Slovakian skier Vlhova beats Shiffrin for 2nd time in 2 days
LEVI, Finland (AP) — Petra Vlhova got the better of Mikaela Shiffrin for the second time in two days Sunday, winning another women’s World Cup slalom in Finnish Lapland.
The overall World Cup champion from Slovakia was .18 ahead after the first run and ultimately beat her American rival by .47 of a second.
Shiffrin nearly skied out in her final run but did well to recover as she came off the race line turning into the steep pitch and only just managed to clear the next gate.
“I am not disappointed with anything,” said Shiffrin, who has won the race four times.
“I was pushing, made a mistake, and we don’t know what would have happened without the mistake. But after that, I pushed even harder.”
Like she did in Saturday’s race, Vlhova posted the fastest time in both runs. Her winning margin on Sunday was .16 bigger than the day before.
“I like Levi. It was so difficult today. Honestly, I didn’t like too much the second run, so it was like a big fight,” Vlhova said.
“The second run was really tough because the (course set) was very difficult. On the steep I had some trouble but, of course, when I saw it on inspection, I said to (my coach, Mauro) Pini: ‘I have to push.’”
It was the Slovakian’s 22nd career win, 14th in slalom, and fifth in Levi. No skier other than Vlhova or Shiffrin has won the race in Finland since Tina Maze triumphed in 2014.
Lena Dürr placed third as the top three were identical to Saturday’s race. The German was .78 behind for her third career podium finish.
Slalom World Cup and world champion Katharina Liensberger of Austria was 1.64 back in eighth.
In the first run, Vlhova was just under two-tenths of a second faster than Shiffrin on a course set by one of the American’s coaches, Jeff Lackie.
Only .01 ahead at the second check point, Vlhova gained more time on Shiffrin with a smooth transition from the flat into the steep middle section.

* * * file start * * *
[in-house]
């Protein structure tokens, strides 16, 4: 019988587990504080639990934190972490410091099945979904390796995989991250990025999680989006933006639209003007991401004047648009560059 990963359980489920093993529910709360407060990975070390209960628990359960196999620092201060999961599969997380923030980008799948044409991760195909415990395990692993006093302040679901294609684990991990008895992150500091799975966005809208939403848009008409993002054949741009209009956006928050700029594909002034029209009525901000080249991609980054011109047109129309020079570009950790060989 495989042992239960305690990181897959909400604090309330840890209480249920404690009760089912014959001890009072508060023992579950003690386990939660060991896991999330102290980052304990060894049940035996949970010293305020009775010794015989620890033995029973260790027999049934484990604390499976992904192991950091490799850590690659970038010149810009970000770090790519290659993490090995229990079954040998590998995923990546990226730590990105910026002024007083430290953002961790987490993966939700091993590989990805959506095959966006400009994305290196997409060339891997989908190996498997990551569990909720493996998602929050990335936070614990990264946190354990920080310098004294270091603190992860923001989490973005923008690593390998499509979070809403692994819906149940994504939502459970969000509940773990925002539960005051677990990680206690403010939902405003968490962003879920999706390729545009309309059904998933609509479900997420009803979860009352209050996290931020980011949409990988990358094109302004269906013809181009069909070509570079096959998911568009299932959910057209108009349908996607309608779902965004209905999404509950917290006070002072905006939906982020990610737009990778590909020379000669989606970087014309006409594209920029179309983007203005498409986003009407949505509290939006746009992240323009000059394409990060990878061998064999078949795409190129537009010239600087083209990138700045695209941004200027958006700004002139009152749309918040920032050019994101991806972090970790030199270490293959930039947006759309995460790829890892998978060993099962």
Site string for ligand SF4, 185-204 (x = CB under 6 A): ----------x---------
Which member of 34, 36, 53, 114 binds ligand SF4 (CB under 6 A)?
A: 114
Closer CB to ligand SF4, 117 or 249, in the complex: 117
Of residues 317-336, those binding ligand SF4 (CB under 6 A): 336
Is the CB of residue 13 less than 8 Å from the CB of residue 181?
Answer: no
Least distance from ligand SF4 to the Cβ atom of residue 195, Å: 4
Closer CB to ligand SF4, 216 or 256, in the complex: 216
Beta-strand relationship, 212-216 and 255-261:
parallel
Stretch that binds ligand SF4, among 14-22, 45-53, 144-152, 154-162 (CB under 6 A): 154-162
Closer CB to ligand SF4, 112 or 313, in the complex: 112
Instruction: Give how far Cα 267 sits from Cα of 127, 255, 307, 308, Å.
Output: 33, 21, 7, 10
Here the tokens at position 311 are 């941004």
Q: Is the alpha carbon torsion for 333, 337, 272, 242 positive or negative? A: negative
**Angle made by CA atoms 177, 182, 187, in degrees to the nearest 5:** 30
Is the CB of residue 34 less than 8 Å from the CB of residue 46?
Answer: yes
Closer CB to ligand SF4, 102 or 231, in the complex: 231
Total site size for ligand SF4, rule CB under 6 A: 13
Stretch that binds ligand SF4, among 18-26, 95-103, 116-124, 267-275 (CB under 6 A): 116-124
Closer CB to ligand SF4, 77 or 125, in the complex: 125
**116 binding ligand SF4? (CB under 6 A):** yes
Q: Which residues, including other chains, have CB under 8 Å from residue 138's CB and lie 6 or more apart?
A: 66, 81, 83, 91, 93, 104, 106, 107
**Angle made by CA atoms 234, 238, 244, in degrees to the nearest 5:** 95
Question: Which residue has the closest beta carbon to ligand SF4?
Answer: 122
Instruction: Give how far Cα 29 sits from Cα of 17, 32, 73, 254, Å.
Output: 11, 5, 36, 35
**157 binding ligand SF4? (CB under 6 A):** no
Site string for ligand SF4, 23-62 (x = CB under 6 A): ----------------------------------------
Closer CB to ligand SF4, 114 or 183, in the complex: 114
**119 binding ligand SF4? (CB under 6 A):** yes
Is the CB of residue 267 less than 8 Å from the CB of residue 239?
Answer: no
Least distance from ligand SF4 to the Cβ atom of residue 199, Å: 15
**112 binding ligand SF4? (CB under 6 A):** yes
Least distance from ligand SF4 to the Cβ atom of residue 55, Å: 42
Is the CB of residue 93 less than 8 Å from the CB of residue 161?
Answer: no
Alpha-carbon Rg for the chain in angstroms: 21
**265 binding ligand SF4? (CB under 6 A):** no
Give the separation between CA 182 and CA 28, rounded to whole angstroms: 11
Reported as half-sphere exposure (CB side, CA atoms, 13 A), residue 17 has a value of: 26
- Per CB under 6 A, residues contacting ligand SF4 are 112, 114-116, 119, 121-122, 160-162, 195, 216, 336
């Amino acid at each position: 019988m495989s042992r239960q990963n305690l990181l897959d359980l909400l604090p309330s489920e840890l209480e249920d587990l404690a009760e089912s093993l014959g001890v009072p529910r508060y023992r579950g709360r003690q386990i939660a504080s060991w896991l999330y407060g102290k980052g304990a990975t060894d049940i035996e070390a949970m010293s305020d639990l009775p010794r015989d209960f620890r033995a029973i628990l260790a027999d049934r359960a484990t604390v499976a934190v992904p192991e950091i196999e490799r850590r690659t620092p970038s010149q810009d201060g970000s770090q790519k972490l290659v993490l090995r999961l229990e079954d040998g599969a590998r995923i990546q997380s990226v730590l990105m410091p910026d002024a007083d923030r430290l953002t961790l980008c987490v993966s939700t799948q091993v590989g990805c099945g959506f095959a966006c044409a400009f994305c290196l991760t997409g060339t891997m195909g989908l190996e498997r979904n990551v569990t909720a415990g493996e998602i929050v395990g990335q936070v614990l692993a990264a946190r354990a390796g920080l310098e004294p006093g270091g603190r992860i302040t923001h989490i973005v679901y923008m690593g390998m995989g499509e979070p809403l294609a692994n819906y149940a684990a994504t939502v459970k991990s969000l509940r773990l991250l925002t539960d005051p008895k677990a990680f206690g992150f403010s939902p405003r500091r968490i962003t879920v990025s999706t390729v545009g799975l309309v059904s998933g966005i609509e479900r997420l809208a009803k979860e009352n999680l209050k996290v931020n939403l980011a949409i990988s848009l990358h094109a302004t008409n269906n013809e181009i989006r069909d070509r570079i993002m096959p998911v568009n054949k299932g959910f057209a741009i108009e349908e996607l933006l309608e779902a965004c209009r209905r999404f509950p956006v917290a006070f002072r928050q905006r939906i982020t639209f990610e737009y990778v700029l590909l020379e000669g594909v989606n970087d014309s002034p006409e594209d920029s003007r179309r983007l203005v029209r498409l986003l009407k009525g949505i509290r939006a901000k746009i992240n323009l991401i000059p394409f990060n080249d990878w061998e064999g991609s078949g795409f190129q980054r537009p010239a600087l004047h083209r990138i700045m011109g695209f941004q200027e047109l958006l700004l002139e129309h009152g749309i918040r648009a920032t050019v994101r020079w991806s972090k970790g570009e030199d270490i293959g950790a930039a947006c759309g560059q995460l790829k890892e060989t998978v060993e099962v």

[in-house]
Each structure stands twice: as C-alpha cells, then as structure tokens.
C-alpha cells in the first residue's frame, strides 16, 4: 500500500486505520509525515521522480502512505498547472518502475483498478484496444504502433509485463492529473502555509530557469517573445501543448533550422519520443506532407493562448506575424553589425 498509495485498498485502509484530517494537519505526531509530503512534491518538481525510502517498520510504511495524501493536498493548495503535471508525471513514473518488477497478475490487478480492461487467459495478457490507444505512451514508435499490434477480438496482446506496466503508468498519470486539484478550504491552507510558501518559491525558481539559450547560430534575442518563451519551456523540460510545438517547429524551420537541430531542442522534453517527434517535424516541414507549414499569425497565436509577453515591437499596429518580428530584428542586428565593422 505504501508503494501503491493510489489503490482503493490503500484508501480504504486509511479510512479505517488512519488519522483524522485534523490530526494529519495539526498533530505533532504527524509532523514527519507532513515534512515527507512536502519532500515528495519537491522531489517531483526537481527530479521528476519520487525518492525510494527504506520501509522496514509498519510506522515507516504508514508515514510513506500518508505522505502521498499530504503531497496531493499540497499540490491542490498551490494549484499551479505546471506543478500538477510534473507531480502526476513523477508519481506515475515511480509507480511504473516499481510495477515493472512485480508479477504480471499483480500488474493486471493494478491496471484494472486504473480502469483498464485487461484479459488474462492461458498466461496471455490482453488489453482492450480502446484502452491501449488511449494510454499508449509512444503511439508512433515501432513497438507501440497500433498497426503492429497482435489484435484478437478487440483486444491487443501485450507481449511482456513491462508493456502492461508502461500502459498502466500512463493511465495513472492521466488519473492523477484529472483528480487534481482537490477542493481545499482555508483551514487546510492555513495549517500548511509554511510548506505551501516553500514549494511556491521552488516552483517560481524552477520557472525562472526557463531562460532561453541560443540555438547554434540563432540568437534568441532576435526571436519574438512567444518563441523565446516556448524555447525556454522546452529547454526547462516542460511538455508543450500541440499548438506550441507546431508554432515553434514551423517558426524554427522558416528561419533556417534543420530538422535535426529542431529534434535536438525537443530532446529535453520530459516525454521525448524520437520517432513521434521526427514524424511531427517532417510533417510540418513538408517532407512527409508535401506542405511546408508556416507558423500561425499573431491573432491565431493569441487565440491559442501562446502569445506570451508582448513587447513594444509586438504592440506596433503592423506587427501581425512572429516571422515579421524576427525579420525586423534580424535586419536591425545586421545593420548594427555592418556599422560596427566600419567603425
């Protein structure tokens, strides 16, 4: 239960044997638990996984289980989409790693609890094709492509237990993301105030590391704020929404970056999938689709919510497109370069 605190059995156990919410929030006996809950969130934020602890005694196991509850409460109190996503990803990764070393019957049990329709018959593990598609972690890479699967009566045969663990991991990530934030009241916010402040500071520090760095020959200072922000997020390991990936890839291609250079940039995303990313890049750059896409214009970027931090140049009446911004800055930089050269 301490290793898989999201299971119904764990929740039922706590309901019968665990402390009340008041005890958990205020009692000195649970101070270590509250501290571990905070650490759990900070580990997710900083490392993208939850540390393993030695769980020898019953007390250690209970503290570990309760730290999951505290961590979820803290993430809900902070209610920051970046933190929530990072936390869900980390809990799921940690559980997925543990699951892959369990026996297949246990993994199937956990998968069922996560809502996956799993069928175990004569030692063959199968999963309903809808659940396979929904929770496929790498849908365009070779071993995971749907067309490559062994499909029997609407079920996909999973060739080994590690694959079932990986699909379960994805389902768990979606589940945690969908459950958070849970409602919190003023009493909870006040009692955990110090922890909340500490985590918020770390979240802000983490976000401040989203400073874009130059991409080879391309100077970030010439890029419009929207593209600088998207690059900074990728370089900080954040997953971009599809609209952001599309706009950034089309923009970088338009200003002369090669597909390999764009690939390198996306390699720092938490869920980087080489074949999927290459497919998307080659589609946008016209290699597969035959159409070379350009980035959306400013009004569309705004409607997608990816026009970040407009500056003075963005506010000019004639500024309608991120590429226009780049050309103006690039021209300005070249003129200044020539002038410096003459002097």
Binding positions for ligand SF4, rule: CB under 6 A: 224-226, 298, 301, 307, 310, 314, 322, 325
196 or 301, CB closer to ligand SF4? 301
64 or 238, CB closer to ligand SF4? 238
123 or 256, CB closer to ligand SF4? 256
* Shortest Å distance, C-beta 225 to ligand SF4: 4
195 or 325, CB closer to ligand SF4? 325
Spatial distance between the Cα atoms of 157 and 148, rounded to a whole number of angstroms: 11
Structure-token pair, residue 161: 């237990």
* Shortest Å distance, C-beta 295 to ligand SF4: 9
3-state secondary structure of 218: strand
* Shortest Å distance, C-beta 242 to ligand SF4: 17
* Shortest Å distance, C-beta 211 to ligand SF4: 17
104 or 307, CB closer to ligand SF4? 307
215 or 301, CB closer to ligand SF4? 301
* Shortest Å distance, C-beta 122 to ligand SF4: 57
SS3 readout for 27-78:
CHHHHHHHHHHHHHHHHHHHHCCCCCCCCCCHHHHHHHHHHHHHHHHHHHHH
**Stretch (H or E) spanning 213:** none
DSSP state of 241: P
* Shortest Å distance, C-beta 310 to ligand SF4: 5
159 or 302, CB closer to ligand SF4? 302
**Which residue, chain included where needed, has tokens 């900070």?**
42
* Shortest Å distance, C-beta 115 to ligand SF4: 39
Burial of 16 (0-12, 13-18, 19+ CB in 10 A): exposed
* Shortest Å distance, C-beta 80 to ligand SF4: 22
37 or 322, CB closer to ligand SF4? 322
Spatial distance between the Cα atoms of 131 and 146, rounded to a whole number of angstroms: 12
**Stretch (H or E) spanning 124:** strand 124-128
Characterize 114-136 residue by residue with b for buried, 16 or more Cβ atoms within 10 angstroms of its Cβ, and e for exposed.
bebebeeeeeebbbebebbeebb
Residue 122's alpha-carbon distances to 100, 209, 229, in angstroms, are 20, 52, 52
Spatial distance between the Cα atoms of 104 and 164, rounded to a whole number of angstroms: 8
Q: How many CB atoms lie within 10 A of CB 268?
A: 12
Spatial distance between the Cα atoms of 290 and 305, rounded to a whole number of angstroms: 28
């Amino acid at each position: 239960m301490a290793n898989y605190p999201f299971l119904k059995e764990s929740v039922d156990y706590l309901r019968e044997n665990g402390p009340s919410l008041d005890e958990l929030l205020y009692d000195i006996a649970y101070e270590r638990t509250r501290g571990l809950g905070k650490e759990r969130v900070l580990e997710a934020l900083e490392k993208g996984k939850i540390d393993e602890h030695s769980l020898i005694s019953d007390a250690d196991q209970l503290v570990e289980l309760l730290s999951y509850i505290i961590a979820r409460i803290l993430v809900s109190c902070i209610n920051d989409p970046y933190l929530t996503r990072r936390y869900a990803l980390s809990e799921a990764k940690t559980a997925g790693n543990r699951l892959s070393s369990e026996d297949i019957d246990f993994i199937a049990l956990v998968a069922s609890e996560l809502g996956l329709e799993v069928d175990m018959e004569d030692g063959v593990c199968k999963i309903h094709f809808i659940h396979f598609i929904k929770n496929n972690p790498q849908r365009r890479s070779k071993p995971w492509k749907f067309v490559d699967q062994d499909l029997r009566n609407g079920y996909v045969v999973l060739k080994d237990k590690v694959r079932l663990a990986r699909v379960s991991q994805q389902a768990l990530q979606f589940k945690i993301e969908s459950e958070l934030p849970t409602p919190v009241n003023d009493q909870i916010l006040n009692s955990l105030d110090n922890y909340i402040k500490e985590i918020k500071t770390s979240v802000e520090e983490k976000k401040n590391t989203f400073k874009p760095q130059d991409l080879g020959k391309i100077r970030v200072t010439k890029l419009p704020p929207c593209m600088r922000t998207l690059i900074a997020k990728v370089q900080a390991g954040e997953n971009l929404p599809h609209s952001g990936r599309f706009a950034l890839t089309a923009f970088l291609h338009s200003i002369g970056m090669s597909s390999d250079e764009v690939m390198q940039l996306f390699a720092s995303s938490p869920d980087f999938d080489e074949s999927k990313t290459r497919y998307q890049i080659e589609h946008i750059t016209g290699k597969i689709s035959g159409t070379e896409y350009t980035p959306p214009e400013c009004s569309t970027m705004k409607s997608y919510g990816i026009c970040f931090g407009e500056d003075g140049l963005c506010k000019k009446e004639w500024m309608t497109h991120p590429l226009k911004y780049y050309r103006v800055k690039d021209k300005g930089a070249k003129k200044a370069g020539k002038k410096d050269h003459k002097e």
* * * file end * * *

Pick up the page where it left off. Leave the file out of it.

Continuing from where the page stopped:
“On the flat part I felt not so good because today is harder and the snow surface is more aggressive, so I went really full gas in the steep part,” said Vlhova, who had been in Finland for three weeks to prepare intensively for the first two slaloms of the seasons.
The victory earned Vlhova a fifth reindeer, a prize given to the race winner each year, and she named it after her brother, Boris, as “he is always with me and supports me.”
“I will do at home some small farm,” the Slovakian said jokingly. The animals remain on a local farm in Finland.
Vlhova and Shiffrin now share the lead in the overall standings with 260 points each. Slovenia’s Andreja Slokar, who won last week’s parallel event in Austria where neither Vlhova nor Shiffrin raced, is third with 184 points.
Having dealt with back pain that hampered her preparation for the last few weeks, Shiffrin was aiming for her 46th career win in slalom. It would have seen her match a 32-year-old record for most World Cup wins in a single discipline, set by Swedish great Ingemar Stenmark in giant slalom.
Her next chance to reach the mark comes in front of an American home crowd in Killington, Vermont, next Sunday.
“I have a little bit more confidence after feeling that I could push my skiing ... and that’s a really big step,” Shiffrin said.
“It’s also a home race and I want to do well and have a good record there. So, there is some expectations, some pressure there as well, but it’s always very exciting to race in Killington.”
The race weekend on the East Coast also consists of a giant slalom on Saturday.
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